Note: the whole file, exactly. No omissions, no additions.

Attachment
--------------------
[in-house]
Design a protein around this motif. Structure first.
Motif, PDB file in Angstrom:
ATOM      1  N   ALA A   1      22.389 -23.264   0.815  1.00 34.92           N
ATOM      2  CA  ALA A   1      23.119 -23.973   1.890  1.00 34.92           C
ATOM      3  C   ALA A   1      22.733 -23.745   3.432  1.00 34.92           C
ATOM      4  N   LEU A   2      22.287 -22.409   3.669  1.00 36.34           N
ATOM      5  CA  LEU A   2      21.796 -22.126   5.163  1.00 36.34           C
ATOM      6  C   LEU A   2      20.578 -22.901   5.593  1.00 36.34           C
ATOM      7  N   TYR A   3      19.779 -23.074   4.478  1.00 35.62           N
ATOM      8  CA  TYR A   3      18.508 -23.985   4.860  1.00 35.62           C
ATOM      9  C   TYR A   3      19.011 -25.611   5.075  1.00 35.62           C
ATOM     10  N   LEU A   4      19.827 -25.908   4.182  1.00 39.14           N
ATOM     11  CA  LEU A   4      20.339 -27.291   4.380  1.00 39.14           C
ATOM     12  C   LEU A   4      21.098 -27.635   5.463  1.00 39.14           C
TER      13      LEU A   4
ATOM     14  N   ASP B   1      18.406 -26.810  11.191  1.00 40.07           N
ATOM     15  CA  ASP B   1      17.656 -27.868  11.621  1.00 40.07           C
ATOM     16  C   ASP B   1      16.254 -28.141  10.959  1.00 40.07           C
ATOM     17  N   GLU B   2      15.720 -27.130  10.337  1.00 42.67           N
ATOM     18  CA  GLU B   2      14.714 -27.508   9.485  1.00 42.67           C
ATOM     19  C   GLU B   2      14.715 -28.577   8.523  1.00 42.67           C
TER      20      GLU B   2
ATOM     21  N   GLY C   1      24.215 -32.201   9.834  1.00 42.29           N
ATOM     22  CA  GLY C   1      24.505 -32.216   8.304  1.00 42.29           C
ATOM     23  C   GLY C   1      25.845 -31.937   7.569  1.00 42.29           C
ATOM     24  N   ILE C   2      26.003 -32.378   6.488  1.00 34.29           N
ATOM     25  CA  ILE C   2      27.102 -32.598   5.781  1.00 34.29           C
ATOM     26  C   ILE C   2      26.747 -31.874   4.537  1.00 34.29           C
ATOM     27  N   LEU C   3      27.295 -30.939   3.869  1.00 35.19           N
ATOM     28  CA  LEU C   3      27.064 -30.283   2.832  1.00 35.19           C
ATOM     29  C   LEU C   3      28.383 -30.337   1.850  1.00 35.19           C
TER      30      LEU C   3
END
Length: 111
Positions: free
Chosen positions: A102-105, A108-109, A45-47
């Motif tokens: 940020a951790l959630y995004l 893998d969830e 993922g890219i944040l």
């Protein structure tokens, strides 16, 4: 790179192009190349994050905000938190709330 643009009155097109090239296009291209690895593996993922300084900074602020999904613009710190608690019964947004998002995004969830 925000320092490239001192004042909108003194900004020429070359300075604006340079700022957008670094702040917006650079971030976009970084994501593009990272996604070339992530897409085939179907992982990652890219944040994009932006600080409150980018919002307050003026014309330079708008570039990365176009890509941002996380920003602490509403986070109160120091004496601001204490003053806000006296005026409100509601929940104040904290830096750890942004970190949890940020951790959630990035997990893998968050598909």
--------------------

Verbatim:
[in-house]
Design a protein around this motif. Structure first.
Motif, PDB file in Angstrom:
ATOM      1  N   ALA A   1      22.389 -23.264   0.815  1.00 34.92           N
ATOM      2  CA  ALA A   1      23.119 -23.973   1.890  1.00 34.92           C
ATOM      3  C   ALA A   1      22.733 -23.745   3.432  1.00 34.92           C
ATOM      4  N   LEU A   2      22.287 -22.409   3.669  1.00 36.34           N
ATOM      5  CA  LEU A   2      21.796 -22.126   5.163  1.00 36.34           C
ATOM      6  C   LEU A   2      20.578 -22.901   5.593  1.00 36.34           C
ATOM      7  N   TYR A   3      19.779 -23.074   4.478  1.00 35.62           N
ATOM      8  CA  TYR A   3      18.508 -23.985   4.860  1.00 35.62           C
ATOM      9  C   TYR A   3      19.011 -25.611   5.075  1.00 35.62           C
ATOM     10  N   LEU A   4      19.827 -25.908   4.182  1.00 39.14           N
ATOM     11  CA  LEU A   4      20.339 -27.291   4.380  1.00 39.14           C
ATOM     12  C   LEU A   4      21.098 -27.635   5.463  1.00 39.14           C
TER      13      LEU A   4
ATOM     14  N   ASP B   1      18.406 -26.810  11.191  1.00 40.07           N
ATOM     15  CA  ASP B   1      17.656 -27.868  11.621  1.00 40.07           C
ATOM     16  C   ASP B   1      16.254 -28.141  10.959  1.00 40.07           C
ATOM     17  N   GLU B   2      15.720 -27.130  10.337  1.00 42.67           N
ATOM     18  CA  GLU B   2      14.714 -27.508   9.485  1.00 42.67           C
ATOM     19  C   GLU B   2      14.715 -28.577   8.523  1.00 42.67           C
TER      20      GLU B   2
ATOM     21  N   GLY C   1      24.215 -32.201   9.834  1.00 42.29           N
ATOM     22  CA  GLY C   1      24.505 -32.216   8.304  1.00 42.29           C
ATOM     23  C   GLY C   1      25.845 -31.937   7.569  1.00 42.29           C
ATOM     24  N   ILE C   2      26.003 -32.378   6.488  1.00 34.29           N
ATOM     25  CA  ILE C   2      27.102 -32.598   5.781  1.00 34.29           C
ATOM     26  C   ILE C   2      26.747 -31.874   4.537  1.00 34.29           C
ATOM     27  N   LEU C   3      27.295 -30.939   3.869  1.00 35.19           N
ATOM     28  CA  LEU C   3      27.064 -30.283   2.832  1.00 35.19           C
ATOM     29  C   LEU C   3      28.383 -30.337   1.850  1.00 35.19           C
TER      30      LEU C   3
END
Length: 111
Positions: free
Chosen positions: A102-105, A108-109, A45-47
């Motif tokens: 940020a951790l959630y995004l 893998d969830e 993922g890219i944040l």
């Protein structure tokens, strides 16, 4: 790179192009190349994050905000938190709330 643009009155097109090239296009291209690895593996993922300084900074602020999904613009710190608690019964947004998002995004969830 925000320092490239001192004042909108003194900004020429070359300075604006340079700022957008670094702040917006650079971030976009970084994501593009990272996604070339992530897409085939179907992982990652890219944040994009932006600080409150980018919002307050003026014309330079708008570039990365176009890509941002996380920003602490509403986070109160120091004496601001204490003053806000006296005026409100509601929940104040904290830096750890942004970190949890940020951790959630990035997990893998968050598909």